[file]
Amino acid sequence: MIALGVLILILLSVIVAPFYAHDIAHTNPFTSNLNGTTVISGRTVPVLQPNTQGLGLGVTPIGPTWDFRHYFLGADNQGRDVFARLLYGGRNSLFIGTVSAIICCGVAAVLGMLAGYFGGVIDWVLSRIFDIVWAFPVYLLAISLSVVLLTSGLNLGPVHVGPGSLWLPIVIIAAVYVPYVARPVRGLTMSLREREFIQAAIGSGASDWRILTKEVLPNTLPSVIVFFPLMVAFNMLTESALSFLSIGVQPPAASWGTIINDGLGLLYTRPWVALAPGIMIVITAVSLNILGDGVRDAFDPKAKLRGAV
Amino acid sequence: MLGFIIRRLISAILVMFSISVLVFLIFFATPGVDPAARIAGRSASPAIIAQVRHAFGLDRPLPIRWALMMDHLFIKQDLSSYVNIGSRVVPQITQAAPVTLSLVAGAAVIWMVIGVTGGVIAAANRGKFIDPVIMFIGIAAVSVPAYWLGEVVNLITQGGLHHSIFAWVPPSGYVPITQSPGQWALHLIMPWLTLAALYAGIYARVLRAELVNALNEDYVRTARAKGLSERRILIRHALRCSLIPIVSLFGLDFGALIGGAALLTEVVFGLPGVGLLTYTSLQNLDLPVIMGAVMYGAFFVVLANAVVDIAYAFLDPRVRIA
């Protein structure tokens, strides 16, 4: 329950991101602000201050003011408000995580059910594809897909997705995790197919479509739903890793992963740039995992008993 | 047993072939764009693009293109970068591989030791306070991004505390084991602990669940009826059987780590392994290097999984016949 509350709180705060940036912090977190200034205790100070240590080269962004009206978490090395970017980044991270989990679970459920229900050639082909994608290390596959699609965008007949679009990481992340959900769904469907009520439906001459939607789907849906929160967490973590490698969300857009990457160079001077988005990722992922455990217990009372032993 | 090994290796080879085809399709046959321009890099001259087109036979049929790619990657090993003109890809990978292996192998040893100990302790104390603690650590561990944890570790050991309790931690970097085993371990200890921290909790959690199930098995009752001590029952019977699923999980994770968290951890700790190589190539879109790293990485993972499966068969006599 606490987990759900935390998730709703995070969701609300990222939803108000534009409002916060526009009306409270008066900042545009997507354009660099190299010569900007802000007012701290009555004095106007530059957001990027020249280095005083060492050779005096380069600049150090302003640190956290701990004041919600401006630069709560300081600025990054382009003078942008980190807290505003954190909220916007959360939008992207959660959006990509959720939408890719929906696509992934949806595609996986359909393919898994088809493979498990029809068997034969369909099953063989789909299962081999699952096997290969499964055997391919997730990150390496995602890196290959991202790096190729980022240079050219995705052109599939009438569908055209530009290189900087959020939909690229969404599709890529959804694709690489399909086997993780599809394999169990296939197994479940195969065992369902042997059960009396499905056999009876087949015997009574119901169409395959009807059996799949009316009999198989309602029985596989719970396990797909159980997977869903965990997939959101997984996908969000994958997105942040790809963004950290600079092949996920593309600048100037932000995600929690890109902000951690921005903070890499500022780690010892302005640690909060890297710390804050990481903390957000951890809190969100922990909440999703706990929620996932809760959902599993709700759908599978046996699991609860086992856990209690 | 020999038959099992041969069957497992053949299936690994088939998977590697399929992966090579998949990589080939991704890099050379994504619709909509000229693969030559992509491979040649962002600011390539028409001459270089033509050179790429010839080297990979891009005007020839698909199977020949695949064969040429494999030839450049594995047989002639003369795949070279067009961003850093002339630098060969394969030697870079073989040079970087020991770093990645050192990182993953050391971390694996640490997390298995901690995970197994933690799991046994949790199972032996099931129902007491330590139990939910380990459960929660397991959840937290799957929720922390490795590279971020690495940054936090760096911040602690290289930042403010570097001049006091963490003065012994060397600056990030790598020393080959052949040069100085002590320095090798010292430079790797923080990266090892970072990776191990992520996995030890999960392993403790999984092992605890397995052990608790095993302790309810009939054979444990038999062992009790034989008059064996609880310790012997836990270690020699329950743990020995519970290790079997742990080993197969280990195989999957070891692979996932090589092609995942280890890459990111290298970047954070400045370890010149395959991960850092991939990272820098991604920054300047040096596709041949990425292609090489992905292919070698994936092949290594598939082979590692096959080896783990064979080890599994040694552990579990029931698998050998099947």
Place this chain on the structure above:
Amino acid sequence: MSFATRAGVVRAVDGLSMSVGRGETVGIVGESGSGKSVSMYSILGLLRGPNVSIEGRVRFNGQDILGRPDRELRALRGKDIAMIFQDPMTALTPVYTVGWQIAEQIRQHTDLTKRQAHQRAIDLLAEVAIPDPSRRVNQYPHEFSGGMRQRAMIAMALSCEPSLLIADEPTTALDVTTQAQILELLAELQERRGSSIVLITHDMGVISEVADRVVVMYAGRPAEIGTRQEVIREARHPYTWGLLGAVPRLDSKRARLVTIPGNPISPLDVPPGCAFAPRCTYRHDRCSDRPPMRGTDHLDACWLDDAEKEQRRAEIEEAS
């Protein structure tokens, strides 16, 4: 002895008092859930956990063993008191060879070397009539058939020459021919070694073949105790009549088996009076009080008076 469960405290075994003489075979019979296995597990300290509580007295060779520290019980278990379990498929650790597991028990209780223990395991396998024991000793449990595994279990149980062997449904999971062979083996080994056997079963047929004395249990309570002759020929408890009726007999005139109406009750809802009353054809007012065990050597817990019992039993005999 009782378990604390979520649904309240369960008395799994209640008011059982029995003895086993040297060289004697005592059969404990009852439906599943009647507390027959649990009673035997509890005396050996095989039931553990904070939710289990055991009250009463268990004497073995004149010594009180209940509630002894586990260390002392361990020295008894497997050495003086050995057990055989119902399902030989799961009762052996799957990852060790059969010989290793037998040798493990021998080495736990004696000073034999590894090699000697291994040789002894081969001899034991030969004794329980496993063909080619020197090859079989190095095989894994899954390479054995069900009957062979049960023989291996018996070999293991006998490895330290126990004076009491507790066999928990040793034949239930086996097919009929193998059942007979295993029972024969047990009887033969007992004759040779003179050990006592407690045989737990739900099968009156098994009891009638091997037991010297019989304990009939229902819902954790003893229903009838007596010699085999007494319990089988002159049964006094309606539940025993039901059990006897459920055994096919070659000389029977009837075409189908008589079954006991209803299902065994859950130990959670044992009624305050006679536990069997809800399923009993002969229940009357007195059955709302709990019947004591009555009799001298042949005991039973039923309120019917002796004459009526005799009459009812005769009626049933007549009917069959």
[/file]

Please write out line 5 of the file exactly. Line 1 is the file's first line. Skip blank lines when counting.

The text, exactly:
Amino acid sequence: MSFATRAGVVRAVDGLSMSVGRGETVGIVGESGSGKSVSMYSILGLLRGPNVSIEGRVRFNGQDILGRPDRELRALRGKDIAMIFQDPMTALTPVYTVGWQIAEQIRQHTDLTKRQAHQRAIDLLAEVAIPDPSRRVNQYPHEFSGGMRQRAMIAMALSCEPSLLIADEPTTALDVTTQAQILELLAELQERRGSSIVLITHDMGVISEVADRVVVMYAGRPAEIGTRQEVIREARHPYTWGLLGAVPRLDSKRARLVTIPGNPISPLDVPPGCAFAPRCTYRHDRCSDRPPMRGTDHLDACWLDDAEKEQRRAEIEEAS